90 BVerfGE 255 (1994)


This constitutional complaint challenges a fine imposed upon and upheld against the petitioner for libel. The petitioner's brother was in prison. In an earlier letter to his sister the brother expressed his miserable state due to his treatment in prison. The sister feared that her brother might attempt suicide and wrote him a letter back of which the following is an excerpt: Also do not forget that you nearly exclusively deal with cretins who long for promotion or are plainly perverts. Think about the guards in concentration camps and you know what kind of a human group surrounds you. Try [with the aid of these thoughts] to maintain your positive approach to life and your merry nature which you usually have.  The letter was read by officers in the prison as part of the routine checks of incoming and outgoing mail. Because the brother was just being moved between two prisons, two prisons filed a suit against the sister for libel.

A trial court in Ansbach sentenced the petitioner to pay a fine for libel. The District Court in Ansbach affirmed. The High Court of Appeals in Bavaria reversed and remanded the case to the District Court in Ansbach. The District Court reinstated the earlier fine. The High Court of Appeals in Bavaria reversed and remanded the case to the District Court in Nuremberg. The District Court reinstated the earlier fine. The third appeal to the High Court of Appeals in Bavaria was unsuccessful.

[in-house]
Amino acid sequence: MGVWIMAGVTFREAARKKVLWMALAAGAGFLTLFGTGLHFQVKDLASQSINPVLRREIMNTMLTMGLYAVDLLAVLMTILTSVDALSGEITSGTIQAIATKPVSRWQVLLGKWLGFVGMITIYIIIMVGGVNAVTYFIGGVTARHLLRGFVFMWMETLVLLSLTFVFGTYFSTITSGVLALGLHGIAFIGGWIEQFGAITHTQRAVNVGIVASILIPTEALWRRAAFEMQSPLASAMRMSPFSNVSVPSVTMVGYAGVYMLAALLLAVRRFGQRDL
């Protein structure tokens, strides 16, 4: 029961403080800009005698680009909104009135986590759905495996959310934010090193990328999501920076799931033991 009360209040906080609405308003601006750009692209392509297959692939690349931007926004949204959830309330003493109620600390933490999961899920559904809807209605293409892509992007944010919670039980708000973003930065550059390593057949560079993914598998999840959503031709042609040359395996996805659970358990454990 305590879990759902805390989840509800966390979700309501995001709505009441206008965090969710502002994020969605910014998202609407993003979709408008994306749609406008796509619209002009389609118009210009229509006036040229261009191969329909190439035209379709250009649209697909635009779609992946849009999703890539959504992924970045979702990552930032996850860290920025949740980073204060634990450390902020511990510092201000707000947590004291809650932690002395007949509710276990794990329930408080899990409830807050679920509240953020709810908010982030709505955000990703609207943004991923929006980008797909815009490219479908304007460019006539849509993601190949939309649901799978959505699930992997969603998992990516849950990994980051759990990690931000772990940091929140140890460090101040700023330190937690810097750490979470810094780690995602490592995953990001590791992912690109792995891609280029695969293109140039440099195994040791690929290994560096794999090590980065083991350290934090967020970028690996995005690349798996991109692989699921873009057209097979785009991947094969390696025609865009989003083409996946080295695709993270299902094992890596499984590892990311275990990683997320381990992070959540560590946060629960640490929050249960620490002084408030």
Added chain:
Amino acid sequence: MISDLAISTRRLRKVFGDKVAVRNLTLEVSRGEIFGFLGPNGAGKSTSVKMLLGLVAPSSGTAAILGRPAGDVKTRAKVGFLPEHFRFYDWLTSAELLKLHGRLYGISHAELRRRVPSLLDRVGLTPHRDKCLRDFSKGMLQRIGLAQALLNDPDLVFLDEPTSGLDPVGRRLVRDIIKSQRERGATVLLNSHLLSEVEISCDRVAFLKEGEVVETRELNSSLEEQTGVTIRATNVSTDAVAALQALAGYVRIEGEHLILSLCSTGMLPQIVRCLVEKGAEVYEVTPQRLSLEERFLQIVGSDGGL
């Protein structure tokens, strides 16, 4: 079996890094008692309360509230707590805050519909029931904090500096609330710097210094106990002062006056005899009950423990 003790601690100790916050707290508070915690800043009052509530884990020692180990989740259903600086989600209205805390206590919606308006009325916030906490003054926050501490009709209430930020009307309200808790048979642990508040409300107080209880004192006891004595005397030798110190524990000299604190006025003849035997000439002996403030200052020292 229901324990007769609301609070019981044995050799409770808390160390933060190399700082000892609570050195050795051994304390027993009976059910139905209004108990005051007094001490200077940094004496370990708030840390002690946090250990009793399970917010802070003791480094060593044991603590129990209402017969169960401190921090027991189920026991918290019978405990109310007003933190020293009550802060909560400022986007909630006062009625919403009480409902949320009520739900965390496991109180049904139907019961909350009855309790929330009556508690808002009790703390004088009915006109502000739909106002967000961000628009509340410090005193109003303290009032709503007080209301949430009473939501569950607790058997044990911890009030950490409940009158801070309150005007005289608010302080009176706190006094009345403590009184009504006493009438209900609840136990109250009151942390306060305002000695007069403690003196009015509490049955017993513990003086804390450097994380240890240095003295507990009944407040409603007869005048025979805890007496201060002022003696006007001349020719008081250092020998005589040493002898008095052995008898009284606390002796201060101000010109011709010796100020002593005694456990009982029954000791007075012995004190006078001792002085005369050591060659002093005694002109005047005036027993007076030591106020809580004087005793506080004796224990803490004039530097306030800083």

The petitioner then filed a constitutional complaint. She argued that the decisions above upholding the fine against her for libel violate her basic rights from Articles 2.1., 3.1., 5.1., 6.1., 10.1., and 14.1. of the Basic Law. She argued that for her there was no way to communicate with her brother in privacy because an officer was present at every visit and all written communication was being read by prison officers. She contended that free expressions of opinion to close family members must take precedence over the right of officers in the prison to have their honor protected.